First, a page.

The 2005 Major League Baseball season was notable for the league's new steroid policy in the wake of the BALCO scandal, which enforced harsher penalties than ever before for steroid use in Major League Baseball. Several players, including veteran Rafael Palmeiro, were suspended under the new policy. Besides steroids it was also notable that every team in the NL East division finished the season with at least 81 wins. Additionally it was the first season featuring a baseball team in Washington, D.C. after more than 3 decades, with the Washington Nationals having moved from Montreal.

The 1985 Major League Baseball season ended with the Kansas City Royals defeating the St. Louis Cardinals in the seventh game of the I-70 World Series. Bret Saberhagen, the regular season Cy Young Award winner, was named MVP of the Series. The National League won the All-Star Game for the second straight year.

The 1997 Major League Baseball season was the inaugural season for Interleague play, as well as the final season in the American League for the Milwaukee Brewers before moving to the NL the following season. The California Angels changed their name to the Anaheim Angels. The Florida Marlins ended the season as the World Champions defeating the Cleveland Indians in a seven-game World Series, four games to three.

The 1998 Major League Baseball season ended with the New York Yankees sweeping the San Diego Padres in the World Series, after they had won a then AL record 114 regular season games. The Yankees finished with 125 wins for the season, which remains the MLB record.

The 1999 Major League Baseball season ended with the New York Yankees sweeping the Atlanta Braves in the World Series.

The 1996 Major League Baseball season was the final season of league-only play before the beginning of interleague play the following season. The season ended with the New York Yankees defeating the defending champion Atlanta Braves in six games for the World Series title, the Yankees' first championship since 1978. The record for most home runs hit in an MLB regular season, set at 4,458 in 1987, was broken, as the AL and NL combined to hit 4,962 home runs. Only 196 shutouts were recorded in the 2,266 MLB regular-season games. This was the first season in the Divisional Series era to be played to the full 162 games, as the 1994–95 player's strike caused the first two seasons of the era to be abbreviated.

The 1988 Major League Baseball season ended with the underdog Los Angeles Dodgers shocking the Oakland Athletics, who had won 104 games during the regular season, in the World Series. The most memorable moment of the series came in Game 1, when injured Dodger Kirk Gibson hit a dramatic pinch-hit walk-off home run off Athletics closer Dennis Eckersley to win the game for Los Angeles. The Dodgers went on to win the Series in five games.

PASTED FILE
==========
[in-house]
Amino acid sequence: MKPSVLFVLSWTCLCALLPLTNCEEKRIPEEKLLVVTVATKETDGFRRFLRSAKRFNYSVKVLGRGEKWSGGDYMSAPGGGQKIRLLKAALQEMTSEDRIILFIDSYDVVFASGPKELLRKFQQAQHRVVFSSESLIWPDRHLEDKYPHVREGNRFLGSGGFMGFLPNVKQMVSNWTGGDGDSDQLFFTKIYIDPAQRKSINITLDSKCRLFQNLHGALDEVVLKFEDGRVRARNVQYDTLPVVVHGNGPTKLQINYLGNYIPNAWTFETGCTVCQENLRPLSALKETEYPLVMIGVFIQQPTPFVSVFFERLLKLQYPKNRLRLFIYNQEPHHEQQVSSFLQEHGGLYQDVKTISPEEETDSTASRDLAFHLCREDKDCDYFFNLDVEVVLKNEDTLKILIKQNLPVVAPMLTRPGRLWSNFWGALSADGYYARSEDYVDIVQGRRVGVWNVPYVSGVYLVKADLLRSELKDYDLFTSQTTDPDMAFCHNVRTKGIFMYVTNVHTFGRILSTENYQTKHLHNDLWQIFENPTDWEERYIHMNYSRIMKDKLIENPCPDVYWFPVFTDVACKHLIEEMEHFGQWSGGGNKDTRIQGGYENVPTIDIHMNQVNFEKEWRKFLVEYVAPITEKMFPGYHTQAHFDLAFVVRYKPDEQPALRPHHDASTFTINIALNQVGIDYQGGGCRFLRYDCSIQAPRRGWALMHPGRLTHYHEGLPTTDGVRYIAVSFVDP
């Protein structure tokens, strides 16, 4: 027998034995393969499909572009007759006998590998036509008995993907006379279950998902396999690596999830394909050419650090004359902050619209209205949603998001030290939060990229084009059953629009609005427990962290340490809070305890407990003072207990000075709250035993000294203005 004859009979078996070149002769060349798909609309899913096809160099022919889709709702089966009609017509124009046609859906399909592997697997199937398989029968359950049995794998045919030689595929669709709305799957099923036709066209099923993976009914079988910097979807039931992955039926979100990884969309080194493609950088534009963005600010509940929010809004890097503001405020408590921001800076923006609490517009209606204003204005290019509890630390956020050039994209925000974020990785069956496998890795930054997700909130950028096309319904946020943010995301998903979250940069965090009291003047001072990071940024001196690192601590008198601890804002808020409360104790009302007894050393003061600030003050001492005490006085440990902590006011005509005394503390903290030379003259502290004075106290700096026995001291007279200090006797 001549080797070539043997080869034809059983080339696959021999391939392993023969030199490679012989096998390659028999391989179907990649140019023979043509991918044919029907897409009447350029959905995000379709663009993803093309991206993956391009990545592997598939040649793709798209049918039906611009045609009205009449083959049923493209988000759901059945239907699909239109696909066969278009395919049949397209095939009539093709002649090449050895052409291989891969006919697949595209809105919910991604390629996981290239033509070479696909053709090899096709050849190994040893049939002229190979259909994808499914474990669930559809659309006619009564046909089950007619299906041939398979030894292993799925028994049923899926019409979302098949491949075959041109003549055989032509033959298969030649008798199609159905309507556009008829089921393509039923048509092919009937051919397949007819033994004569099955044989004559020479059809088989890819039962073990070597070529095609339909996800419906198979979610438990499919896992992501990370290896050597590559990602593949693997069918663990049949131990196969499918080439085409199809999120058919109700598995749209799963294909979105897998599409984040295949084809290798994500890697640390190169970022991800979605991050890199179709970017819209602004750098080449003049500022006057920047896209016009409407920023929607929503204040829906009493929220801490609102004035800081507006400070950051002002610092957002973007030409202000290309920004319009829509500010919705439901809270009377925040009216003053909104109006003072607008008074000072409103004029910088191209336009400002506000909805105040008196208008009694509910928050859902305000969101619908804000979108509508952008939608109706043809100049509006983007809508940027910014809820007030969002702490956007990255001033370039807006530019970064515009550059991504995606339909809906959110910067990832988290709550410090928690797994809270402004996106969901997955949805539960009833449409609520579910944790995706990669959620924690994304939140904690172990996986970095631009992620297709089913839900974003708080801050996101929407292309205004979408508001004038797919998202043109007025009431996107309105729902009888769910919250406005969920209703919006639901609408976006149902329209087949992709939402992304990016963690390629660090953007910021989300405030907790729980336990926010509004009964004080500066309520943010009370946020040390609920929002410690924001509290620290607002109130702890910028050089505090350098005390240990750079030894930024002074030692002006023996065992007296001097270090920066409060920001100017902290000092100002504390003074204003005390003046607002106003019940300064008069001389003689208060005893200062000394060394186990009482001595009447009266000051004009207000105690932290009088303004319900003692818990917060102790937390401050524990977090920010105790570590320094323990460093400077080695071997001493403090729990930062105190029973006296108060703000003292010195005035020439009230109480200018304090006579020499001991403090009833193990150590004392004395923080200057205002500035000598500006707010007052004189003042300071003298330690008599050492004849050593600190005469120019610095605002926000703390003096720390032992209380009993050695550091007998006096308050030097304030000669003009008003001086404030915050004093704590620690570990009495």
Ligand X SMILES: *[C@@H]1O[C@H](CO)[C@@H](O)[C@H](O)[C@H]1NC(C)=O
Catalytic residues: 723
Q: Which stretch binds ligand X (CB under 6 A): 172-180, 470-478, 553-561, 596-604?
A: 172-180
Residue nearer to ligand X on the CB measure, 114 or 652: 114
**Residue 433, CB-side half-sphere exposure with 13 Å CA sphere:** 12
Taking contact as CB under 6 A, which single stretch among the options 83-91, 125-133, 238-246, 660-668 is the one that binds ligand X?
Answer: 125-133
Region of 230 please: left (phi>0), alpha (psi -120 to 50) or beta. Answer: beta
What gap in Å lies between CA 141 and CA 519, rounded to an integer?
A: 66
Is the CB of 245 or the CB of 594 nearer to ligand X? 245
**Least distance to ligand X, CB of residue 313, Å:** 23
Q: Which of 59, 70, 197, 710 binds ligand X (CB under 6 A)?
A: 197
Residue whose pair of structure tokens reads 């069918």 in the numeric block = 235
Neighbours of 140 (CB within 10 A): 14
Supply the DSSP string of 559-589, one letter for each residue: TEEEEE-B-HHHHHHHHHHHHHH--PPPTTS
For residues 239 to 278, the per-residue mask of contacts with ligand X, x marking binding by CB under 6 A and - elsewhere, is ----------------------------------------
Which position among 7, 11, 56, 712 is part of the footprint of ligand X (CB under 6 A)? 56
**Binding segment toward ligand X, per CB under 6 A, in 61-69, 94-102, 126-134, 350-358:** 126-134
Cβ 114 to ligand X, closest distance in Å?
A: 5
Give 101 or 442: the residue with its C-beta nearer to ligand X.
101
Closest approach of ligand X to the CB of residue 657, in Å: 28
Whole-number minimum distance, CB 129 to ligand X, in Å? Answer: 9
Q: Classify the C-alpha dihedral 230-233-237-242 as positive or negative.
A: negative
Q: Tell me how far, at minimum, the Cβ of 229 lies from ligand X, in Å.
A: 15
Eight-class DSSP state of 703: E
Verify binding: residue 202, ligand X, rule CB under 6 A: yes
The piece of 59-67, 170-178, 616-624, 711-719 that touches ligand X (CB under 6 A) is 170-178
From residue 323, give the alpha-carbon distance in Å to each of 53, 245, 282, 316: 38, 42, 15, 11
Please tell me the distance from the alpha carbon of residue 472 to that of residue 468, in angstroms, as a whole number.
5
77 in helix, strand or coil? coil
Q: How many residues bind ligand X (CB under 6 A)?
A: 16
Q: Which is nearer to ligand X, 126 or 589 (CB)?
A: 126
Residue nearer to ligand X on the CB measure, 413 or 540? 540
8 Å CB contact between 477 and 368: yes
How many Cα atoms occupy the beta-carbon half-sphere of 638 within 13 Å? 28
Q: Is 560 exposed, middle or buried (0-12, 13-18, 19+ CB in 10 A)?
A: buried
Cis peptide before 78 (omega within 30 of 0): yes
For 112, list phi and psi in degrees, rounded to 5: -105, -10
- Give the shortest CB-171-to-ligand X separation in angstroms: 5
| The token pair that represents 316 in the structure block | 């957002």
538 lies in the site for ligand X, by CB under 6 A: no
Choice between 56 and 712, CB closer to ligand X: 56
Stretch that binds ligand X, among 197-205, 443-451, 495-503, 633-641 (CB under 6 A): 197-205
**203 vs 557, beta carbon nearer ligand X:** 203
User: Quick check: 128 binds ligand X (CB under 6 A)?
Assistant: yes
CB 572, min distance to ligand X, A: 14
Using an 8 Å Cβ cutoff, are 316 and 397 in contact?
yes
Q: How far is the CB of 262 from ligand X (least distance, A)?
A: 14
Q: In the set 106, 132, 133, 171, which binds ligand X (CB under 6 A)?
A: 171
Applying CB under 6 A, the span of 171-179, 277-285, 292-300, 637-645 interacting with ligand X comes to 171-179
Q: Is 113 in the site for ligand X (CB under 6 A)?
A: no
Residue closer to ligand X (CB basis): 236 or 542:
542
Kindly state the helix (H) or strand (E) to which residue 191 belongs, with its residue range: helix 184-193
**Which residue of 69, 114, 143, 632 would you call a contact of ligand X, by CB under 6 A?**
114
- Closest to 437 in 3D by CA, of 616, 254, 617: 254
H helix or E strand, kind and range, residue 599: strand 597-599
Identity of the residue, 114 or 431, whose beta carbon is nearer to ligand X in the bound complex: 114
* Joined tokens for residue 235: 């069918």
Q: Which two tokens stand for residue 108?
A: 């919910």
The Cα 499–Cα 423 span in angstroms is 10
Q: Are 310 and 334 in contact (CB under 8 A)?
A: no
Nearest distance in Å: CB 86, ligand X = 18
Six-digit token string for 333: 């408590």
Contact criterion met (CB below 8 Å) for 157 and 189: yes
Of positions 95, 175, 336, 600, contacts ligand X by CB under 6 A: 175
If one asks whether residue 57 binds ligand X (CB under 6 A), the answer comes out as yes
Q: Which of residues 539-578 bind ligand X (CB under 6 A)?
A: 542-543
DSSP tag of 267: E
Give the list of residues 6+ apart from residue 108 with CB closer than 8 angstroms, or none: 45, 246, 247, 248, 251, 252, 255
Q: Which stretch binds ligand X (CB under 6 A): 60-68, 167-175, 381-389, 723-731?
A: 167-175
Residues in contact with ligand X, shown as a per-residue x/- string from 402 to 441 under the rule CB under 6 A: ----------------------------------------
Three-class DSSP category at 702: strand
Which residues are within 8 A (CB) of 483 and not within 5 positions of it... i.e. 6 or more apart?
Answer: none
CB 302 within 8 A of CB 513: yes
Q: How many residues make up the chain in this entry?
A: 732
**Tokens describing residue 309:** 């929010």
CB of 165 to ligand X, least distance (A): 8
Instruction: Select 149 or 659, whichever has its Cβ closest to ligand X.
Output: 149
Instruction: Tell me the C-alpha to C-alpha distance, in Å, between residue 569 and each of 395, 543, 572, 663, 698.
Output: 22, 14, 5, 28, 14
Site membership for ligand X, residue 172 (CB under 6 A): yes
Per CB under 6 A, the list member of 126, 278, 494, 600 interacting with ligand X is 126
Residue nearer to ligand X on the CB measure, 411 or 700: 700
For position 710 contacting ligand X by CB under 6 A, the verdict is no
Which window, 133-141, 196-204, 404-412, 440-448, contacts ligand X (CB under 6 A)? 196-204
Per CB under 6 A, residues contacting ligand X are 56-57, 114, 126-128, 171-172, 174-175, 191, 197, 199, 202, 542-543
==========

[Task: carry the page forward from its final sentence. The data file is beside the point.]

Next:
The 1992 Major League Baseball season saw the Toronto Blue Jays defeat the Atlanta Braves in the World Series, becoming the first team outside the United States to win the World Series.

The 1990 Major League Baseball season saw the Cincinnati Reds upset the heavily favored Oakland Athletics in the World Series, for their first title since 1976.

The 1989 Major League Baseball season saw the Oakland Athletics win their first World Series title since 1974.

The 1987 Major League Baseball season ended with the American League Champion Minnesota Twins winning the World Series over the National League Champion St. Louis Cardinals, four games to three, as all seven games were won by the home team.

The 1984 Major League Baseball season started with a 9-game winning streak by the eventual World Series champions Detroit Tigers who started the season with 35 wins and 5 losses and never relinquished the first place lead.

The 1982 Major League Baseball season. Making up for their playoff miss of the year before, the St. Louis Cardinals won their ninth World Series championship, defeating the Milwaukee Brewers, four games to three.

The 1980 Major League Baseball season saw the Philadelphia Phillies win their first World Series Championship.

The 1979 Major League Baseball season. None of the post-season teams of 1977 or 1978 returned to this year's postseason. In a re-match of the 1971 World Series, the Pittsburgh Pirates defeated the Baltimore Orioles in seven games in the 1979 World Series.

The 1977 Major League Baseball season. The American League (AL) had its third expansion as the Seattle Mariners and Toronto Blue Jays began play. However, the National League (NL) did not expand, remaining at 12 teams compared to the AL's 14, until the Colorado Rockies and Florida Marlins joined the NL in 1993.